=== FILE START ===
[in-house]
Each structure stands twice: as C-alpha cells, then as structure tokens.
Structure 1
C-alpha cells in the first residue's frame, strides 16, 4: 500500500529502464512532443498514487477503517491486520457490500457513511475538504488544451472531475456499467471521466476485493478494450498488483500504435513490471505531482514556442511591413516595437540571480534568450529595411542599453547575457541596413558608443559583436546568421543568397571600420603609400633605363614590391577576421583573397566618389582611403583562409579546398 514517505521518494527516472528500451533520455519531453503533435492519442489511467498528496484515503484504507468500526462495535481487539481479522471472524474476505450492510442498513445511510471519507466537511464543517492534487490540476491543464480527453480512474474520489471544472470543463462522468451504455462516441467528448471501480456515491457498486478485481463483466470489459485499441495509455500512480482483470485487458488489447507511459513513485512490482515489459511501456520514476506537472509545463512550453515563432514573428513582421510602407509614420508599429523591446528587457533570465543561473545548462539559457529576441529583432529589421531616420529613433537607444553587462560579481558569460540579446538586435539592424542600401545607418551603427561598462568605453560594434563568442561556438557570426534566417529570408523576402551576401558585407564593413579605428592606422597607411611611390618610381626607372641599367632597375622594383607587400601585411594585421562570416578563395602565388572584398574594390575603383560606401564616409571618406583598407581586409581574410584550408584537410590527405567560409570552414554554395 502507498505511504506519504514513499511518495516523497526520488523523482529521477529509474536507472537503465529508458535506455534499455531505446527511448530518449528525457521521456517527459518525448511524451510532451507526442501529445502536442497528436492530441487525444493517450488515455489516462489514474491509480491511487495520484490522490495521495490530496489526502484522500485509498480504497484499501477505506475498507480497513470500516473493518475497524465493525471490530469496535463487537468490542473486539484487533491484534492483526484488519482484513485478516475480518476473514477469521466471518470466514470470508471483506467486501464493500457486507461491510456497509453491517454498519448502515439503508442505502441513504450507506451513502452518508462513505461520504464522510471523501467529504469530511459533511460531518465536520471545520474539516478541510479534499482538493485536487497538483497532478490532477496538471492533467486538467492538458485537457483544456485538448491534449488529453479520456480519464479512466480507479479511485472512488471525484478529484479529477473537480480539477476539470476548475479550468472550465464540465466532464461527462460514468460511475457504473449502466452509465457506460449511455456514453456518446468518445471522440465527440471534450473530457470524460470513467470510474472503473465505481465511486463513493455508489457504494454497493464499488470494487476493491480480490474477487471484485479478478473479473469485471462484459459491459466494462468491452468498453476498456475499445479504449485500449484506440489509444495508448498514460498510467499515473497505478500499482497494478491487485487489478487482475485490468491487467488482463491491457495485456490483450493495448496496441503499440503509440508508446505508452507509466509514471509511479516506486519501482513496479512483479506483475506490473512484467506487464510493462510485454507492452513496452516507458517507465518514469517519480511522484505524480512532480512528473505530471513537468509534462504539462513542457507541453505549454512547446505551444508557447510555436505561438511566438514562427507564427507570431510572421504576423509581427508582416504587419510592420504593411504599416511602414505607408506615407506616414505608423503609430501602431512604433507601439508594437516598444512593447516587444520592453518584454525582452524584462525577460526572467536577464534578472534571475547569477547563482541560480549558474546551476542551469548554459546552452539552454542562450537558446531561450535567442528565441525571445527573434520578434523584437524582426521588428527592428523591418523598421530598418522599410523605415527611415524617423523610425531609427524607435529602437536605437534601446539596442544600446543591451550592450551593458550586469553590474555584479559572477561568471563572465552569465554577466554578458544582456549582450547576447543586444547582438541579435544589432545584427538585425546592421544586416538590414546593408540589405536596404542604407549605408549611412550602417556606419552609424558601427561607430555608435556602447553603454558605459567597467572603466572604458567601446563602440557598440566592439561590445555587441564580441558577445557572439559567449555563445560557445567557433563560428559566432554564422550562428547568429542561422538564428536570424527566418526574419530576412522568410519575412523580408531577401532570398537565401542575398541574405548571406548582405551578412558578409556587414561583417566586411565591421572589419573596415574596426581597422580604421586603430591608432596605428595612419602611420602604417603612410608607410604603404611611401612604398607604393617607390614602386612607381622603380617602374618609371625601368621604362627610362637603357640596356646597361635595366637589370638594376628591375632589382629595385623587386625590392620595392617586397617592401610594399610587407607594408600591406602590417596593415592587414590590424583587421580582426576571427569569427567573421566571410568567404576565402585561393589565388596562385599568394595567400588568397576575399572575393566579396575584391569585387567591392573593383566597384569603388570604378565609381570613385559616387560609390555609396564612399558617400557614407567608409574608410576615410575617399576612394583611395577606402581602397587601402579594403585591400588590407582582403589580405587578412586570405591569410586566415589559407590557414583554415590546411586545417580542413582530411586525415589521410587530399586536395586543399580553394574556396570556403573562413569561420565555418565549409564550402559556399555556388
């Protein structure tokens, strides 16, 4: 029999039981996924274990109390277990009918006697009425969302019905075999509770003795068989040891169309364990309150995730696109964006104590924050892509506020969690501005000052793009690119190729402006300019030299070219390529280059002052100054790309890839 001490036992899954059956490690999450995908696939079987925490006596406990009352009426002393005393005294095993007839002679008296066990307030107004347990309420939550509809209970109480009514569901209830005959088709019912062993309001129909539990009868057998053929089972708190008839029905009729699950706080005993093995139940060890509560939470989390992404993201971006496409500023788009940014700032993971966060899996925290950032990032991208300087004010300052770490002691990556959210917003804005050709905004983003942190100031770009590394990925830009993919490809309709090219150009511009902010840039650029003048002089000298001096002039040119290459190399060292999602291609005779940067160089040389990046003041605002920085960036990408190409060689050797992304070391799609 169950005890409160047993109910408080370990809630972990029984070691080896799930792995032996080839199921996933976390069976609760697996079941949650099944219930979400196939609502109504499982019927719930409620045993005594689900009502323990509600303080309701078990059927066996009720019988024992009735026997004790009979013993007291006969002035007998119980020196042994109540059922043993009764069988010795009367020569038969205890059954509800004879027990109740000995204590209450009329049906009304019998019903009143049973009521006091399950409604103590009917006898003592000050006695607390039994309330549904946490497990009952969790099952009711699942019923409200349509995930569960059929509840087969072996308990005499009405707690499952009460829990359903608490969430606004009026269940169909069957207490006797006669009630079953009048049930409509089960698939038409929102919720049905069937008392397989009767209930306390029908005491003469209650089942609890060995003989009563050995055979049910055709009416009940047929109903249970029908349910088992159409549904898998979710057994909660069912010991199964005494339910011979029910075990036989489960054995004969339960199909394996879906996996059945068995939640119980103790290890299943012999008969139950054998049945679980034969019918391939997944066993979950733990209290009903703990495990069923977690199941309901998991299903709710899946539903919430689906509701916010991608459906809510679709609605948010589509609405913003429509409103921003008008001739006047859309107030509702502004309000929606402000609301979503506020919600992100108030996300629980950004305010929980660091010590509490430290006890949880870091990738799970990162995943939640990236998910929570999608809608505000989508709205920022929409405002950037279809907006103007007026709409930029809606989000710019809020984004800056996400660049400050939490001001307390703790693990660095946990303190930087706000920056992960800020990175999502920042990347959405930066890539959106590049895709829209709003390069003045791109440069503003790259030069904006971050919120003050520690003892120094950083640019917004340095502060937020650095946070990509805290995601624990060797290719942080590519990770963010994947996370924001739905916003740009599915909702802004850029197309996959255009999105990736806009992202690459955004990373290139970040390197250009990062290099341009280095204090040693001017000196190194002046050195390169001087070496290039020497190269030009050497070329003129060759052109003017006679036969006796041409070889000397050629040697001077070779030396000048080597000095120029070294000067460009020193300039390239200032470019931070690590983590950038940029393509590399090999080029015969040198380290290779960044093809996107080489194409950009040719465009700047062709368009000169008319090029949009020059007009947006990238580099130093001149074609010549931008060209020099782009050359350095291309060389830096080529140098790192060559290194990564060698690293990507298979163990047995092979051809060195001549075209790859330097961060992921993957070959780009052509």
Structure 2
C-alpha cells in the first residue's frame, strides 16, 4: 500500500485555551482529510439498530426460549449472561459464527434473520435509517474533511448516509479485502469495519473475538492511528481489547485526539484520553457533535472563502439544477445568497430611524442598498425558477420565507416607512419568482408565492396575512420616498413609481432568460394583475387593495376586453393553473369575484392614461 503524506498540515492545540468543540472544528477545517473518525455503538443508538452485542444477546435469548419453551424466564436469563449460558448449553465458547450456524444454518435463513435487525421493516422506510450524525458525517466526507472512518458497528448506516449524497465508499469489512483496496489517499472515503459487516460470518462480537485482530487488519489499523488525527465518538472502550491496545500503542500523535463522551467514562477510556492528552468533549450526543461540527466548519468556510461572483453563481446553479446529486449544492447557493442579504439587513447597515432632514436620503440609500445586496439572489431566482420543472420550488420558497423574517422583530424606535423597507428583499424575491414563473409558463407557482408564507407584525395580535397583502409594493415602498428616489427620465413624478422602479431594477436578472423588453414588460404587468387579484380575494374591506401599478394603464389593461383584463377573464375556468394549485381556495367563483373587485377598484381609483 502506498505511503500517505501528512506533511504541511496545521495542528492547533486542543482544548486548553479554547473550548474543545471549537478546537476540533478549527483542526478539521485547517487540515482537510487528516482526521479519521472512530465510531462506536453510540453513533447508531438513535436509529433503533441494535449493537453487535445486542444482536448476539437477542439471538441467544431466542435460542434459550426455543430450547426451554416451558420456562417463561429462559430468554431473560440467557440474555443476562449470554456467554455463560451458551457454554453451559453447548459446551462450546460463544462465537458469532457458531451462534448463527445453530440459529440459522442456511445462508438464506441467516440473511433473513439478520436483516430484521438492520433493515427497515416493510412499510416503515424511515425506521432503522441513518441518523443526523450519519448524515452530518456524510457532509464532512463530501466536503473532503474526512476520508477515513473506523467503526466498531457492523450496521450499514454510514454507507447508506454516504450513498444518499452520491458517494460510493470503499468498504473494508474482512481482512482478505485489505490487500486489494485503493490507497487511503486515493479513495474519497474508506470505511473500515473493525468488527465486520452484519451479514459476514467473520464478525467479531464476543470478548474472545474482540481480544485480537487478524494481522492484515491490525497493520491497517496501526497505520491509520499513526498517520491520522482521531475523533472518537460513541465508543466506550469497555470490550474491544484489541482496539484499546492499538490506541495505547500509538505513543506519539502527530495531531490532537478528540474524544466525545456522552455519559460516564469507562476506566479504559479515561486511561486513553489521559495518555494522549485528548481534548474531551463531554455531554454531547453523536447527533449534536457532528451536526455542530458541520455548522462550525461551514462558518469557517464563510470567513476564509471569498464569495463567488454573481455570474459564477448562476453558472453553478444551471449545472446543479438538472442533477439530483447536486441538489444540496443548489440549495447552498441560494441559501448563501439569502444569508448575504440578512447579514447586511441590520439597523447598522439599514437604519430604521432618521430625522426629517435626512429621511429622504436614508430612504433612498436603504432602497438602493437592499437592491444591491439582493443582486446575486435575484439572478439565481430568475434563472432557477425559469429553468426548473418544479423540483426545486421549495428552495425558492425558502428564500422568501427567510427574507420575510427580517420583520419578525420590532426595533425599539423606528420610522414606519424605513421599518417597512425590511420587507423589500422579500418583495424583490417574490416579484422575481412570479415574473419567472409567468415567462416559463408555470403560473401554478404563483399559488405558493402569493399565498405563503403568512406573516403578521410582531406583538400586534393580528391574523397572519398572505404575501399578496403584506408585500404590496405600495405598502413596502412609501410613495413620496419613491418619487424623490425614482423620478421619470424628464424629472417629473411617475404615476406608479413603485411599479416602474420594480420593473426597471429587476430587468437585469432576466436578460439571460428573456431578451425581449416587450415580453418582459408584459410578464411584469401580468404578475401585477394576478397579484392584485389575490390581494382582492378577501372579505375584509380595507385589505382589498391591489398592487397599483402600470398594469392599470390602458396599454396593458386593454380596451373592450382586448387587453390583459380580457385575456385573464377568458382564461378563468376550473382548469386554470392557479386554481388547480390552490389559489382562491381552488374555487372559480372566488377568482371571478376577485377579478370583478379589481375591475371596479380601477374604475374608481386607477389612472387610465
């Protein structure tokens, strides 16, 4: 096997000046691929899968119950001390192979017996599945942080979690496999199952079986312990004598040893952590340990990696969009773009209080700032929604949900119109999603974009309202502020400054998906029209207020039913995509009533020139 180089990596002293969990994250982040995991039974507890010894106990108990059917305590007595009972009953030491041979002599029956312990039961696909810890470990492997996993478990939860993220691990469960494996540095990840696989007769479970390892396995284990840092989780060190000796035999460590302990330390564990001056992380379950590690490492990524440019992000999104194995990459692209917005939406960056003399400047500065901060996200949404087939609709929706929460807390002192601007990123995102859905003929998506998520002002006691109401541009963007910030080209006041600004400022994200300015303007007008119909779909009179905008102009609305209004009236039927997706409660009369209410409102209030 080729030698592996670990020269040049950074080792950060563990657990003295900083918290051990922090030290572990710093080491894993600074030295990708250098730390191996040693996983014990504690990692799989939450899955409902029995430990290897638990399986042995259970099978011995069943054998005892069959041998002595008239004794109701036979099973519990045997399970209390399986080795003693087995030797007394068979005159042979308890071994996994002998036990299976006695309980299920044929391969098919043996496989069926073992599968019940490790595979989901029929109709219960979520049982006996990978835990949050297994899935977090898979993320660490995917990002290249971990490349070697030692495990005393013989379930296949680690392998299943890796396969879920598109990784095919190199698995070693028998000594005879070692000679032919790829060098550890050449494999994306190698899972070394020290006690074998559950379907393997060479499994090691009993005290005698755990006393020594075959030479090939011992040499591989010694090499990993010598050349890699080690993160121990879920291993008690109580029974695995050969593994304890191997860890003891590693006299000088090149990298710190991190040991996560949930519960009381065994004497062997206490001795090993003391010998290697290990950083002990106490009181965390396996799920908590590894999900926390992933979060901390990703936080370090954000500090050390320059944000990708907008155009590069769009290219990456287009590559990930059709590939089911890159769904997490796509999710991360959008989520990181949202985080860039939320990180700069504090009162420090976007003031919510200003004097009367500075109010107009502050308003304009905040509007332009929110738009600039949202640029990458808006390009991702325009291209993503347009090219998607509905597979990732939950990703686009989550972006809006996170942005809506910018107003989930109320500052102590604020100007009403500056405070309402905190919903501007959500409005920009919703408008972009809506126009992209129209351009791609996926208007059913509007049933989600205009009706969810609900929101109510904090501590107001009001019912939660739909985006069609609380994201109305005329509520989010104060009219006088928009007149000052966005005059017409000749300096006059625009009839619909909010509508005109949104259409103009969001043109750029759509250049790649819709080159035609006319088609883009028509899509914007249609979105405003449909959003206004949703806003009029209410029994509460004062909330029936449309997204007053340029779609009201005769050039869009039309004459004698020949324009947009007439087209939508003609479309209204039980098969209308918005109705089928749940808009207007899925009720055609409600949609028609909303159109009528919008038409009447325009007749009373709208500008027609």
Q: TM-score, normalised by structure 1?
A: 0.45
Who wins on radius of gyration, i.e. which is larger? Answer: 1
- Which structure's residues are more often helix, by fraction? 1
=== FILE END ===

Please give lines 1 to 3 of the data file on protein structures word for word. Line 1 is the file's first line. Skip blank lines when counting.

[in-house]
Each structure stands twice: as C-alpha cells, then as structure tokens.
Structure 1